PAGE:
The first line of the entry is not indented; subsequent lines are. In the bibliography, there are no parentheses around the publishing information and page numbers are not given. Entries are not numbered and the author’s last name is given first because the entries are alphabetized by author. Double space the entire bibliography.

Sciences Substyle

When citing sources in the sciences, Chicago style resembles APA format. Because current sources are more important in science than in the humanities, the year of publication is given greater emphasis in the sciences substyle.

In-Text Citation: Parenthetical Notes

Chicago/Turabian Sciences Style uses parenthetical, in-text citations. The author’s name and year of publication are given, along with the page number cited. Here is an example:

. . . at the time (Welty 1984, 5).

Note the space before the parentheses and the period after the parentheses. Parenthetical citations can also occur in the middle of a sentence. Within the citation, there is no comma between author and year, but there is a comma between year and page number. 

Works Cited

In the sciences substyle, the bibliography is called the “Works Cited” page. A “Works Cited” entry for a book appears as follows:

Welty, Eudora. 1984. One Writer’s Beginnings. Cambridge: Harvard University Press.

The first line of the entry is not indented; subsequent lines are. No page is given. Double space the entire “Works Cited” section.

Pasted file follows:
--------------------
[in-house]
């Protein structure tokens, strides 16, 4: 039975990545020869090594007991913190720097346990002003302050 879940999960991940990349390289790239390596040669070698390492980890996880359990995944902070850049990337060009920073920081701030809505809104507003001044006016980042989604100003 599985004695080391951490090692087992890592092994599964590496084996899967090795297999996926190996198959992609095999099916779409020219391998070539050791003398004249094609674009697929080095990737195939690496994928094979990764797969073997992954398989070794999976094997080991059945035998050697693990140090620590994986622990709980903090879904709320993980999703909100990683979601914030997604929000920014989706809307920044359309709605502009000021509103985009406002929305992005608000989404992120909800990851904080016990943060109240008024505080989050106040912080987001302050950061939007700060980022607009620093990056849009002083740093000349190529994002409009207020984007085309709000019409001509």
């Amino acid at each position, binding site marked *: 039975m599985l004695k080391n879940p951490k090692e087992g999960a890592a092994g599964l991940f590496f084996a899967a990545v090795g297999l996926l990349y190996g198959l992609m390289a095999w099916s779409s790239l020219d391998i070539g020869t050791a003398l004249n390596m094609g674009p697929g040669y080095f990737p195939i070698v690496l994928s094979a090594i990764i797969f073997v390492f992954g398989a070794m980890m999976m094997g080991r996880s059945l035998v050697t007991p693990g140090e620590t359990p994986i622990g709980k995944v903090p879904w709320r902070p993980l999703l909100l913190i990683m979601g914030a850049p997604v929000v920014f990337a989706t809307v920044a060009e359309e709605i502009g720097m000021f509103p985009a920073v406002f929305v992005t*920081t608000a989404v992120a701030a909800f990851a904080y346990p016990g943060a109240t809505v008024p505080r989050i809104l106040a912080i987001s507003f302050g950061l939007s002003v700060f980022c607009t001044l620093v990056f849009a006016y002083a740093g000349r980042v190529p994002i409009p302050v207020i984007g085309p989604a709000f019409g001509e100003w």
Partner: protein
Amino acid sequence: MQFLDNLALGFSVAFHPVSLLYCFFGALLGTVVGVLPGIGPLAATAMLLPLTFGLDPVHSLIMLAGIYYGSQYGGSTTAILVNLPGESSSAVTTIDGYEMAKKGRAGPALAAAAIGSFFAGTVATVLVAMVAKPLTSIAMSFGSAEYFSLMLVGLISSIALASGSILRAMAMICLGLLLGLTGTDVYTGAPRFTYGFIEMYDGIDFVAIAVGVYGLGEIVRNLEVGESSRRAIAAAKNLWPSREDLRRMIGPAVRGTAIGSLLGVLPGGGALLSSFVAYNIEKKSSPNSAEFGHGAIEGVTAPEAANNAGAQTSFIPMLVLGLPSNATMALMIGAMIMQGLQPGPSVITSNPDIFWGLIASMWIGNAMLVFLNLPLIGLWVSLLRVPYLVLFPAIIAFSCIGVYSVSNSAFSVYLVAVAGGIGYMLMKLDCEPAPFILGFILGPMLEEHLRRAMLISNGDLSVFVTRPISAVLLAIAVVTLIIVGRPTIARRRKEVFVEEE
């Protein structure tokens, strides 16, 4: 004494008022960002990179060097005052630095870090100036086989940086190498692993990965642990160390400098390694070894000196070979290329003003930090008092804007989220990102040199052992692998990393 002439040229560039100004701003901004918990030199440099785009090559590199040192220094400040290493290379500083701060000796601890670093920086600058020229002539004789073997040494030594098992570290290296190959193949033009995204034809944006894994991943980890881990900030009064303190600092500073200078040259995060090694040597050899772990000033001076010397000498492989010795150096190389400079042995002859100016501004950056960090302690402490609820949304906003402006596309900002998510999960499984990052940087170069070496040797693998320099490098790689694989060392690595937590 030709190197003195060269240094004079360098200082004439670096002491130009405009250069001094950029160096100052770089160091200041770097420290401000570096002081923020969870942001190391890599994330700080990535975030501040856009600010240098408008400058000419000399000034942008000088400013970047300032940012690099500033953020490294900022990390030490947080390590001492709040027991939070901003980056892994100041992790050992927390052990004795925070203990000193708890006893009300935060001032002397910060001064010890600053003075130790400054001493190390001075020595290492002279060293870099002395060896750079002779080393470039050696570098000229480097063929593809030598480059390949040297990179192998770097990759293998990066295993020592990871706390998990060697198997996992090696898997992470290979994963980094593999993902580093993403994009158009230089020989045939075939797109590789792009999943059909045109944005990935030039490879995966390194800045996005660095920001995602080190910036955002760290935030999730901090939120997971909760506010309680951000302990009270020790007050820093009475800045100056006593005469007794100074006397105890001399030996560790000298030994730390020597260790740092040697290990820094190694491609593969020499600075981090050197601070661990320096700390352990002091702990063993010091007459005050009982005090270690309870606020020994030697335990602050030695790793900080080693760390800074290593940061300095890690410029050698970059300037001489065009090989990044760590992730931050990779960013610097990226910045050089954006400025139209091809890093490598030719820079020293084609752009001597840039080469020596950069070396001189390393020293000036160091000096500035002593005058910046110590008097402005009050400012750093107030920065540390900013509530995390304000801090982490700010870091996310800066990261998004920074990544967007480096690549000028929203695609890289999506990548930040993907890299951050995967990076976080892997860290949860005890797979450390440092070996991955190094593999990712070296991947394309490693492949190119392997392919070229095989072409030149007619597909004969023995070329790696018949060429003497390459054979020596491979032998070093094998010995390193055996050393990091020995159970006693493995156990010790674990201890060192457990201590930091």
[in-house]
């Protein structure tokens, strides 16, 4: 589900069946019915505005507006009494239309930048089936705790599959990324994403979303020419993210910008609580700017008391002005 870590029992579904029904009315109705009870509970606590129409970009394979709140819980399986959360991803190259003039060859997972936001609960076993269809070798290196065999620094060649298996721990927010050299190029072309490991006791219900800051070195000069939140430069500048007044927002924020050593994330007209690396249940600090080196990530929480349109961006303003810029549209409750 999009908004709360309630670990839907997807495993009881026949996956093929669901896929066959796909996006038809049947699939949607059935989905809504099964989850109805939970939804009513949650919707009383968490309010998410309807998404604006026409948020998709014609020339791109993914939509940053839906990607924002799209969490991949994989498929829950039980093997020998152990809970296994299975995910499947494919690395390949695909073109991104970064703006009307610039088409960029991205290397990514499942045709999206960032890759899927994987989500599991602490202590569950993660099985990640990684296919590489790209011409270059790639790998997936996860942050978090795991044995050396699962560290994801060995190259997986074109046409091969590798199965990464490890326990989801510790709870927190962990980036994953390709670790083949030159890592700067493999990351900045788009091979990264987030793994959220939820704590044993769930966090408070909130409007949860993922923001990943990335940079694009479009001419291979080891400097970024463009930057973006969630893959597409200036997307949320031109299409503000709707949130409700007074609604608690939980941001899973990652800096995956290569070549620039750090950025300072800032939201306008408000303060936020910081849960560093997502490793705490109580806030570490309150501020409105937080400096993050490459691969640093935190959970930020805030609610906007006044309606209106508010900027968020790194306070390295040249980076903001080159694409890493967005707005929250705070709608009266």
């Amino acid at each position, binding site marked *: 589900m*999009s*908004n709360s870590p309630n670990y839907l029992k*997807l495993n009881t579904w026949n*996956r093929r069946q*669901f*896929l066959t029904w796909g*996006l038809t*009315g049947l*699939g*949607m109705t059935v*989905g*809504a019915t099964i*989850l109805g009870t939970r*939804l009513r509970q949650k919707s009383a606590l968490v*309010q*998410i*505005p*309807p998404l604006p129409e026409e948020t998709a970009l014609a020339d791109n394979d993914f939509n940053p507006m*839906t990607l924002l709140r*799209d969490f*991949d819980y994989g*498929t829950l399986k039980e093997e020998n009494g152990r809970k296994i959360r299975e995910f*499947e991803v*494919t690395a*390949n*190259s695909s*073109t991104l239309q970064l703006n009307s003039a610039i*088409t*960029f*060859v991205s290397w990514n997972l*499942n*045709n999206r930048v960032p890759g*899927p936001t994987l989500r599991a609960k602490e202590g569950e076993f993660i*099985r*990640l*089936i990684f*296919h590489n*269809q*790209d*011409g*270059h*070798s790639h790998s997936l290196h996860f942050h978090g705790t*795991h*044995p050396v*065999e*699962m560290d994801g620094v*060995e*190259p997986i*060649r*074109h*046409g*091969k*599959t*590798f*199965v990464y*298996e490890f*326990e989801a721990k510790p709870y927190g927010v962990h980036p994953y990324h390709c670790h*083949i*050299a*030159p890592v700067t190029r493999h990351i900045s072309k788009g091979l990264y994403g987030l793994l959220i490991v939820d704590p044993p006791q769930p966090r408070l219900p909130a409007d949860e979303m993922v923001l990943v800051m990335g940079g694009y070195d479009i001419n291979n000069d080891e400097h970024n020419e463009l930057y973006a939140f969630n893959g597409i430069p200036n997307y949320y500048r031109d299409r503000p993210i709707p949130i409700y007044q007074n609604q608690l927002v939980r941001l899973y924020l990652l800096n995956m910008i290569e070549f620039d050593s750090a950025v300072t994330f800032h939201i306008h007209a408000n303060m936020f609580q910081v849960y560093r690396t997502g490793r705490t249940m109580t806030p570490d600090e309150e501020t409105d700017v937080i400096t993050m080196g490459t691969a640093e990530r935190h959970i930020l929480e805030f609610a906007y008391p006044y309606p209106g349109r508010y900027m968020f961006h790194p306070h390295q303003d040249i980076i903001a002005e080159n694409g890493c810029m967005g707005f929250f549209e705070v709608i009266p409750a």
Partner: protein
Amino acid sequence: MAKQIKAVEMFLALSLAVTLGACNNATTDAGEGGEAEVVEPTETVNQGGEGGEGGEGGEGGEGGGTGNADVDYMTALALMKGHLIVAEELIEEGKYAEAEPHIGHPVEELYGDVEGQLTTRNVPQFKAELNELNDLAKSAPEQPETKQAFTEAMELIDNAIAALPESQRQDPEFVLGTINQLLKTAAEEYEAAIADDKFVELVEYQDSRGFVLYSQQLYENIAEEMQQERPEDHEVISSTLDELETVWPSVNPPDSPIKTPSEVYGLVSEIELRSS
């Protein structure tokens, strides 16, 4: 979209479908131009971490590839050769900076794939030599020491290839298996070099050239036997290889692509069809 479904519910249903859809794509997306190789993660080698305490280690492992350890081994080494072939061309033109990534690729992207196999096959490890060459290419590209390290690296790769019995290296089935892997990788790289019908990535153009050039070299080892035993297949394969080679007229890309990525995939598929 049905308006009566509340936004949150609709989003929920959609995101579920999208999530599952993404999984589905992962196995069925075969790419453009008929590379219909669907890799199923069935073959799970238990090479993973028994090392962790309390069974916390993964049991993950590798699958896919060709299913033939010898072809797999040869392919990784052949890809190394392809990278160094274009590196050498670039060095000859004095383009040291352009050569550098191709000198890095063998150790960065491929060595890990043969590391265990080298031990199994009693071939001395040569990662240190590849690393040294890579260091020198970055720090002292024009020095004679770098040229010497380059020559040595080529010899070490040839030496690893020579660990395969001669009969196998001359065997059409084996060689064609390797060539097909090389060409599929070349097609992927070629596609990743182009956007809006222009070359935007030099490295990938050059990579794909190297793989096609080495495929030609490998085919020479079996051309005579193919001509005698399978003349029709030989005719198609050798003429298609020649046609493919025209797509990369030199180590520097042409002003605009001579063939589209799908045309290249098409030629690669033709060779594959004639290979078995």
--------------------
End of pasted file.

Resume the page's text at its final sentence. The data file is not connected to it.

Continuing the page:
Other information is required for different types of sources, such as periodicals, reference works, or websites. Consult one of the sources given below for more information.

For Further Information:

  • Lester, James D. and James D. Lester, Jr. The Essential Guide to Writing Research Papers. New York: Longman, 1999. 
  • Rampolla, Mary Lynn. A Pocket Guide to Writing In History, 2 ed. Boston: Bedford/St. Martin’s, 1998. [This is a standard text for history majors at Wheaton.]
  • Troyka, Lynn Quitman. Quick Access: A Reference for Writers. Upper Saddle River, New Jersey: Prentice Hall, 1990.
  • Turabian, Kate. A Manual for Writers of Term Papers, Theses and Dissertations, 6 ed. Chicago : University of Chicago Press, 1996. [808.024 T84m in Reference section and regular sections of Buswell and Billy Graham Center libraries.

See also the >> online Turabian citation guide